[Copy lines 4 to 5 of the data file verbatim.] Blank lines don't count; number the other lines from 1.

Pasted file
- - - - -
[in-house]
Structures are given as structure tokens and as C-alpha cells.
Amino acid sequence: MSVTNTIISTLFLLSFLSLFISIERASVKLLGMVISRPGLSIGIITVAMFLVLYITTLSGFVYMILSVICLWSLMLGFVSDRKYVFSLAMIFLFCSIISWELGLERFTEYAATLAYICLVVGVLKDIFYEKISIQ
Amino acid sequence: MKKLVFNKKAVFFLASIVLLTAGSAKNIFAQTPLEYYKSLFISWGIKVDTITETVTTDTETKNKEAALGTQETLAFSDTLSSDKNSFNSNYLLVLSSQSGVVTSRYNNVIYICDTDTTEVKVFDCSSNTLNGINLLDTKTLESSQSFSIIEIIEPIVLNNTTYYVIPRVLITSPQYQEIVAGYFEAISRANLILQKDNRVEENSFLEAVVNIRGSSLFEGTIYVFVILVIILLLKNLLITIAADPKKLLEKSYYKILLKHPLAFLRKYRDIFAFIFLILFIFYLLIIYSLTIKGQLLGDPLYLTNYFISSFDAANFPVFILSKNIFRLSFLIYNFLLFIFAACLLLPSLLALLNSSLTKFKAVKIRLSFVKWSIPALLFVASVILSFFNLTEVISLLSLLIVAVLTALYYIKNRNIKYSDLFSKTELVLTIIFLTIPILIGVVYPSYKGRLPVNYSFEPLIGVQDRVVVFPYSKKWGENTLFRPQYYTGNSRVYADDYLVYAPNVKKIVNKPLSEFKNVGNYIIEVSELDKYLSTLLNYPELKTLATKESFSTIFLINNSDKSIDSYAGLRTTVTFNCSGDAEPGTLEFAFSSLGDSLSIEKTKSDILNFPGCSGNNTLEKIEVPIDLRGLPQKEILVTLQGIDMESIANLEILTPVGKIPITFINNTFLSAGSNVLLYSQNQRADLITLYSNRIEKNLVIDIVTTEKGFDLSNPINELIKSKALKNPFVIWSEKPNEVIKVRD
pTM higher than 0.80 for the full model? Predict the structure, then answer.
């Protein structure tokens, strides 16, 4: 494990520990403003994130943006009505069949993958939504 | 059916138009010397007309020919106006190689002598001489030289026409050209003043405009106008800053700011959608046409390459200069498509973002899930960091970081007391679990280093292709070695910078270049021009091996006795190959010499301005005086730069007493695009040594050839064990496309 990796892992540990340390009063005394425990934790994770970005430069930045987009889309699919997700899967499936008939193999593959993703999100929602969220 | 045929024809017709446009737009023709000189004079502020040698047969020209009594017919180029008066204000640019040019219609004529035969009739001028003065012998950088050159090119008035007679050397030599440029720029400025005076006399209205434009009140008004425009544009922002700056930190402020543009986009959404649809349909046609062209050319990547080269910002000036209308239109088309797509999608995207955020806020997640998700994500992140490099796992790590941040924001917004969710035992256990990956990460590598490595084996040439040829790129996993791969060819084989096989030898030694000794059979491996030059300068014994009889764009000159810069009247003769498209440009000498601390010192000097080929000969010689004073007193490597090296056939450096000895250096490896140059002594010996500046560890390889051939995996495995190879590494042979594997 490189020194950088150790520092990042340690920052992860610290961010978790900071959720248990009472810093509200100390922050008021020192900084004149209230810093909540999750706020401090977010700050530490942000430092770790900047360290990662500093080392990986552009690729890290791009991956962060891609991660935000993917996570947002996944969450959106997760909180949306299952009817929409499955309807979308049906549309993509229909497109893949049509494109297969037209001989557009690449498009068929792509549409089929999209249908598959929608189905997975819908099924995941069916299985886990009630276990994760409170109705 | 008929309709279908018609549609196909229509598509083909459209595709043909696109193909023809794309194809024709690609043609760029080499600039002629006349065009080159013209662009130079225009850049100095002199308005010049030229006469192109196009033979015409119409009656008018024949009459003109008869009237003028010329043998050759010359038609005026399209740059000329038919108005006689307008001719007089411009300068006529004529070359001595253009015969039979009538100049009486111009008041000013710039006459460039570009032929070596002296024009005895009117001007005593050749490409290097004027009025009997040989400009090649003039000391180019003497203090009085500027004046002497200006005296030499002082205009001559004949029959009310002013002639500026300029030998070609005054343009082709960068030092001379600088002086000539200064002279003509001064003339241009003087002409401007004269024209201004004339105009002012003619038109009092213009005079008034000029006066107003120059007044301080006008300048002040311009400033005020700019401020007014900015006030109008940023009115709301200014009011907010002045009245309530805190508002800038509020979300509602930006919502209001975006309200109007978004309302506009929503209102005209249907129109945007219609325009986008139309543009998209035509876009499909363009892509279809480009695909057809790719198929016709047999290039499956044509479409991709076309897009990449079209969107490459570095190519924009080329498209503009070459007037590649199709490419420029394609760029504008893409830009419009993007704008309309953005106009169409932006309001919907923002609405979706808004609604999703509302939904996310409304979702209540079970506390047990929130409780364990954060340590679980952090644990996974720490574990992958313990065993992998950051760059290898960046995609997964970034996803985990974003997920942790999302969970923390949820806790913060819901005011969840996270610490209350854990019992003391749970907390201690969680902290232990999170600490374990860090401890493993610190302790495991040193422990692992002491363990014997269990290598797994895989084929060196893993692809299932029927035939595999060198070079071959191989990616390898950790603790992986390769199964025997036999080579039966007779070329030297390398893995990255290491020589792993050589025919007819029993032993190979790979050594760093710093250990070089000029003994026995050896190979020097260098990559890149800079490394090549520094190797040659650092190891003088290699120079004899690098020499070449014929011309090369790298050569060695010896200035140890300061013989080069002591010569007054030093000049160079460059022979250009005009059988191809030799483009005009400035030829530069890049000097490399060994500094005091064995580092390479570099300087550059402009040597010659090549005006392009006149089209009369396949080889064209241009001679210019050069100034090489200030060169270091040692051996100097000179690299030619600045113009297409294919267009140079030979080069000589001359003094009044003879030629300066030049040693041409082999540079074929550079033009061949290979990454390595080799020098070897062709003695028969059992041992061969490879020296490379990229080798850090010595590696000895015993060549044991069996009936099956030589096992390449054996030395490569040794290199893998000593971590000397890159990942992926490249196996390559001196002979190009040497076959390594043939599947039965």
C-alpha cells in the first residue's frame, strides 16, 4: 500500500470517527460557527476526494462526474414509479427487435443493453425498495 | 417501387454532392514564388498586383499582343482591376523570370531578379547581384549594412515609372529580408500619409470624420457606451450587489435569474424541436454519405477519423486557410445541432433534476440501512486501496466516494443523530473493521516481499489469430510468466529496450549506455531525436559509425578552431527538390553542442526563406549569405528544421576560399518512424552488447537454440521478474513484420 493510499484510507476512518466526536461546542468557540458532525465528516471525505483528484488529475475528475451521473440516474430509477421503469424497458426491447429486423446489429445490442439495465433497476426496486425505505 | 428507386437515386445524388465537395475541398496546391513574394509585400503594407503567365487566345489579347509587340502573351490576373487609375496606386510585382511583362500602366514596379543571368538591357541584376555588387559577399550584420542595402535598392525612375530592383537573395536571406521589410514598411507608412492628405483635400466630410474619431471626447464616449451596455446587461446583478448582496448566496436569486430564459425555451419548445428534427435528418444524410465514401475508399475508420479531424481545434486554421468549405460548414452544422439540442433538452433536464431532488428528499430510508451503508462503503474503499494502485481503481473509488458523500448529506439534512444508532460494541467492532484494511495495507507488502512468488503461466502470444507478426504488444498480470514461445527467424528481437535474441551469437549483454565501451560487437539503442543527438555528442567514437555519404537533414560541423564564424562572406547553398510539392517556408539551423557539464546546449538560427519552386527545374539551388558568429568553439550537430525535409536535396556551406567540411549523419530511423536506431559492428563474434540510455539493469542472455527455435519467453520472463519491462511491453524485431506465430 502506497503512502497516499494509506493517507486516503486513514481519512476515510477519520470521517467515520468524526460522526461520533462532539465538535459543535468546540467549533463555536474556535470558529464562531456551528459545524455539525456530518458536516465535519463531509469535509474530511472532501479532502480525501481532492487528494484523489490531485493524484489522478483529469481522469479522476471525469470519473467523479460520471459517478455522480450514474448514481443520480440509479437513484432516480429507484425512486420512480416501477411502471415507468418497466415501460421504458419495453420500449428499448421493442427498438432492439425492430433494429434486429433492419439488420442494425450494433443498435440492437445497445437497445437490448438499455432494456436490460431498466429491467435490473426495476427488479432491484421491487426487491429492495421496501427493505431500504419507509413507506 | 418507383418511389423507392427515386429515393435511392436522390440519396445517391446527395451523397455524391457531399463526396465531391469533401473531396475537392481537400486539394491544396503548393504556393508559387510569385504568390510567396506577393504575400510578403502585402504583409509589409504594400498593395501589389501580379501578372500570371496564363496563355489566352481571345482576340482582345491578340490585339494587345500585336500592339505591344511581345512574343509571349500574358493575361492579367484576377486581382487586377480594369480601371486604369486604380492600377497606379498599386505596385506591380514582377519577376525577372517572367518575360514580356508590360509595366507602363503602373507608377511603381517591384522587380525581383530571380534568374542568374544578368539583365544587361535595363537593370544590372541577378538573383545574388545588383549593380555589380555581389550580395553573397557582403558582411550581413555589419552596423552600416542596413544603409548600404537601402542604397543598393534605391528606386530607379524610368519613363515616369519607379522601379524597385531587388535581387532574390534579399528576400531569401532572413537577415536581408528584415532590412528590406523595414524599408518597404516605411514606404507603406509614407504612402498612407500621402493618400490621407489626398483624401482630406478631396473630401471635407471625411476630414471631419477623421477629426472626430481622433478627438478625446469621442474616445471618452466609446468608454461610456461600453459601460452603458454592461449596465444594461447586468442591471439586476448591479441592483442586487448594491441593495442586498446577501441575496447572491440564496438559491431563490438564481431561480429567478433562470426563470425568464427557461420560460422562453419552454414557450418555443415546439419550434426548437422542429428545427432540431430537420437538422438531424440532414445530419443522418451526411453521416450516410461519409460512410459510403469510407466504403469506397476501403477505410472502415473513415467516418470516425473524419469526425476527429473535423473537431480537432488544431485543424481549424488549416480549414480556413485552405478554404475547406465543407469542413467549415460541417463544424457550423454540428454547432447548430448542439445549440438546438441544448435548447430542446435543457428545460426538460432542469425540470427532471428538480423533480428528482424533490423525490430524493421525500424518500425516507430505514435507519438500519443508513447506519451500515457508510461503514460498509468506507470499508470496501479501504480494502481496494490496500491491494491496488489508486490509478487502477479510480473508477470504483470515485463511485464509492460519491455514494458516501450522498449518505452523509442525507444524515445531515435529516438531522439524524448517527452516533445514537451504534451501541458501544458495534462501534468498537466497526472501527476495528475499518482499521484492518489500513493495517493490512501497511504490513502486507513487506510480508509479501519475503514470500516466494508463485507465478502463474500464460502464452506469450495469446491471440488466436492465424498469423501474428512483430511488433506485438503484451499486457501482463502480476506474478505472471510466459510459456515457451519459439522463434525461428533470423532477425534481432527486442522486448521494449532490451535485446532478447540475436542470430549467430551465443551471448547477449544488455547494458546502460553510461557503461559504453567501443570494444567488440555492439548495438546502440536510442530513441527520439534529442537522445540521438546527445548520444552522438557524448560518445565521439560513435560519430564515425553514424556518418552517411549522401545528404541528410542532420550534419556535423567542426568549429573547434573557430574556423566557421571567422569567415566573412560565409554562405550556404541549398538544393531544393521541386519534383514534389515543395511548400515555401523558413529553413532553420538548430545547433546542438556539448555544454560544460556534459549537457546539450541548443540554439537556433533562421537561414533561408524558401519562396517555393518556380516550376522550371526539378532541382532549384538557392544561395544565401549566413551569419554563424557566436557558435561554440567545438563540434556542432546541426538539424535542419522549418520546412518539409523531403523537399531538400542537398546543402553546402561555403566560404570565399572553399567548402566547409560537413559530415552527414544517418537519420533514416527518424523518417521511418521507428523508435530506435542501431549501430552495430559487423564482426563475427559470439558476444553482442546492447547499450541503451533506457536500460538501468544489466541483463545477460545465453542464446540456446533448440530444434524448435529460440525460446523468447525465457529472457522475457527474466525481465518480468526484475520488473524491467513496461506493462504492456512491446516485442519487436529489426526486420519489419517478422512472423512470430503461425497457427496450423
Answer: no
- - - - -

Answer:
Amino acid sequence: MKKLVFNKKAVFFLASIVLLTAGSAKNIFAQTPLEYYKSLFISWGIKVDTITETVTTDTETKNKEAALGTQETLAFSDTLSSDKNSFNSNYLLVLSSQSGVVTSRYNNVIYICDTDTTEVKVFDCSSNTLNGINLLDTKTLESSQSFSIIEIIEPIVLNNTTYYVIPRVLITSPQYQEIVAGYFEAISRANLILQKDNRVEENSFLEAVVNIRGSSLFEGTIYVFVILVIILLLKNLLITIAADPKKLLEKSYYKILLKHPLAFLRKYRDIFAFIFLILFIFYLLIIYSLTIKGQLLGDPLYLTNYFISSFDAANFPVFILSKNIFRLSFLIYNFLLFIFAACLLLPSLLALLNSSLTKFKAVKIRLSFVKWSIPALLFVASVILSFFNLTEVISLLSLLIVAVLTALYYIKNRNIKYSDLFSKTELVLTIIFLTIPILIGVVYPSYKGRLPVNYSFEPLIGVQDRVVVFPYSKKWGENTLFRPQYYTGNSRVYADDYLVYAPNVKKIVNKPLSEFKNVGNYIIEVSELDKYLSTLLNYPELKTLATKESFSTIFLINNSDKSIDSYAGLRTTVTFNCSGDAEPGTLEFAFSSLGDSLSIEKTKSDILNFPGCSGNNTLEKIEVPIDLRGLPQKEILVTLQGIDMESIANLEILTPVGKIPITFINNTFLSAGSNVLLYSQNQRADLITLYSNRIEKNLVIDIVTTEKGFDLSNPINELIKSKALKNPFVIWSEKPNEVIKVRD
pTM higher than 0.80 for the full model? Predict the structure, then answer.